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Survey: Up to 60% of U.S. MCO Directors Expect to Cover Emerging Therapies for Parkinson’s Disease

At least one-quarter of diagnosed patients would be eligible for emerging products (August 19)

Decision Resources, a research and advisory firm located in Burlington, Mass., finds that up to 60 percent of surveyed U.S. managed care organization (MCO) pharmacy and medical directors expect to reimburse several late-stage emerging Parkinson’s disease (PD) therapies on their largest risk-based commercial plan.

The report profiles four emerging agents that target primarily under-served populations: Rytary (IPX-066, Impax Laboratories), an extended-release reformulation of levodopa, the mainstay of PD treatment; pimavanserin (Acadia Pharmaceuticals) for PD-related psychotic symptoms; mavoglurant (AFQ-056, Novartis) for dyskinesias; and safinamide (Newron Pharmaceuticals/Zambon Pharma), a monoamine oxidase-B (MAO-B) inhibitor.

The report finds that formulary exclusion can be common for current PD brands, with at least one-third of MCO respondents indicating that their largest commercial plans and Medicare prescription drug plans exclude or block key brands from coverage. The most recent market entrant, the dopamine agonist rotigotine (Neupro, UCB), is similarly covered, despite offering once-daily dosing and unique transdermal delivery.

Nevertheless, when reimbursing key current brands, surveyed payers largely include such agents on tiers 2 and 3 (commonly preferred and non-preferred brands, respectively), and generally expect similar tier placement for the emerging agents profiled if priced at approximately $10 per day or higher.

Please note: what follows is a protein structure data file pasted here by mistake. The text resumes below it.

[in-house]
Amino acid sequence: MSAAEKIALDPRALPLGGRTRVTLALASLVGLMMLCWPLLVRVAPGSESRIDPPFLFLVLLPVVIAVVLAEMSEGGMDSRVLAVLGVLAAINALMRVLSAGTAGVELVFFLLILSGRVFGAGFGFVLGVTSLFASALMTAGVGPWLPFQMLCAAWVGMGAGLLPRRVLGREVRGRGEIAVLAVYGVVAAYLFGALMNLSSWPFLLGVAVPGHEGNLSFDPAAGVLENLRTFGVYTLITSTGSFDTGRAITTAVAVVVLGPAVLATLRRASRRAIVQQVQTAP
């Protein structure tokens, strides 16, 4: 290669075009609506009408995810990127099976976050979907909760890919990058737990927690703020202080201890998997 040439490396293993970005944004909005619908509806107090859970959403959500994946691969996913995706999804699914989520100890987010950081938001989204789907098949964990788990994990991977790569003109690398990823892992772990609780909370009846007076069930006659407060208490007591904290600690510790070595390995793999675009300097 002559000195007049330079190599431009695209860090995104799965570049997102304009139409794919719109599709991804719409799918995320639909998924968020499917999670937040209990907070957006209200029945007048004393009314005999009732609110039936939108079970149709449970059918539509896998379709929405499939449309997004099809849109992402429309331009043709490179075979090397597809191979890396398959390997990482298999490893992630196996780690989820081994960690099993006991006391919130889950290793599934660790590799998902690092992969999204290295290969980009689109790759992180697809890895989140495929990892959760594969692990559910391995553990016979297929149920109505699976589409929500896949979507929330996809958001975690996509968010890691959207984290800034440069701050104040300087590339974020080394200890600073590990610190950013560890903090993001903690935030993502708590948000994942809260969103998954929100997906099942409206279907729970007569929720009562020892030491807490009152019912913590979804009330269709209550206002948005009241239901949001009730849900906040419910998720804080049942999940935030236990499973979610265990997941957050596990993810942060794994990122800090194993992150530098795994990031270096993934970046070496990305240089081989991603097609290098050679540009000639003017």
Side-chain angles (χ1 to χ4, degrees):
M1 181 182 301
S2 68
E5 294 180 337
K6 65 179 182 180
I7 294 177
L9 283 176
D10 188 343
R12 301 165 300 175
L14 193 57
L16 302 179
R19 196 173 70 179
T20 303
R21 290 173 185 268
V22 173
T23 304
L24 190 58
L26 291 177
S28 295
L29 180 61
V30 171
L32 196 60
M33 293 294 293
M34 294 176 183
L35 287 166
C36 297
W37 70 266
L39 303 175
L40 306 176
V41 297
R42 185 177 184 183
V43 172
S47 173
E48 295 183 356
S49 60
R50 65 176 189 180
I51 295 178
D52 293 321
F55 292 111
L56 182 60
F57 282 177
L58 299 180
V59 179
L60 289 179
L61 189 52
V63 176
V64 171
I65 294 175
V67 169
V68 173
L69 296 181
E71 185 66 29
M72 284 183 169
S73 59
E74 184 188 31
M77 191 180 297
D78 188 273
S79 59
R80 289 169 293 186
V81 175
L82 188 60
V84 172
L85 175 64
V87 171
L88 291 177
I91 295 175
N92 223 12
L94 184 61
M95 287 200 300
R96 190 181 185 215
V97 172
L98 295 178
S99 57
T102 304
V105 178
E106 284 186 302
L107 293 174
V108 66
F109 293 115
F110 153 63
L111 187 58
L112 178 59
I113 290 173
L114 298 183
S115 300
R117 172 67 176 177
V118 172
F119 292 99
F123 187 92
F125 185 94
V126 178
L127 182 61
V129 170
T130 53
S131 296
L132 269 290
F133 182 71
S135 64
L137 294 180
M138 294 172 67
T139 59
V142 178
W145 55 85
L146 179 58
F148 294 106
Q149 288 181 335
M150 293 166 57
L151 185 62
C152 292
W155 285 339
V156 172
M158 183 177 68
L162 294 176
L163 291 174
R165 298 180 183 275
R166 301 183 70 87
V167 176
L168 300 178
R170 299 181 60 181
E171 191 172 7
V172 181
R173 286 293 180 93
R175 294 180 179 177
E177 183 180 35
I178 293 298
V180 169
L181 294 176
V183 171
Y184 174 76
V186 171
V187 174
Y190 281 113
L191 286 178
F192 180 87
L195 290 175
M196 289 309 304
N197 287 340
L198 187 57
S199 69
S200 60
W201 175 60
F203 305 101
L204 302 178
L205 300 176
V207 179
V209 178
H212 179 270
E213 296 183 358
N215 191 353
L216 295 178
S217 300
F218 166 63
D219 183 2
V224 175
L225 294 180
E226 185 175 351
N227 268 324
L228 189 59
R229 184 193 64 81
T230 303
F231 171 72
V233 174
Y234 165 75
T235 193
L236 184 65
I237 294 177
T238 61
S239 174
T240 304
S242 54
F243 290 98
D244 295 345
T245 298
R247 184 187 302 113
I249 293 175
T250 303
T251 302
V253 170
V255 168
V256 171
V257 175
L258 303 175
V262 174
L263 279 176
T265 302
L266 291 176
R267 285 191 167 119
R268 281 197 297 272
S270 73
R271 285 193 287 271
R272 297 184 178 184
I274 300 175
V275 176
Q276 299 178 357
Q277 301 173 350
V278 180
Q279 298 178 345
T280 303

The report also finds that surveyed neurologists estimate the eligible patient pool for emerging products queried to be no less than one-quarter of their diagnosed PD patients, on average. Moreover, they anticipate that up to two-thirds of eligible patients would be treated with each product within 1 year of launch, with Rytary projected to capture the greatest patient share at approximately 25 percent of diagnosed PD patients if reimbursed on a preferred tier.

“Cost and reimbursement factors have a prominent role in determining the uptake of a PD therapy, but clinical considerations most influence prescribing decisions,” said analyst Nadja Rozovsky, PhD. “Despite the potential for certain constraints on reimbursement and finite patient eligibility, commercial opportunity remains for key late-stage investigational products in light of lingering unmet need.”

Source: Decision Resources; August 19, 2013.

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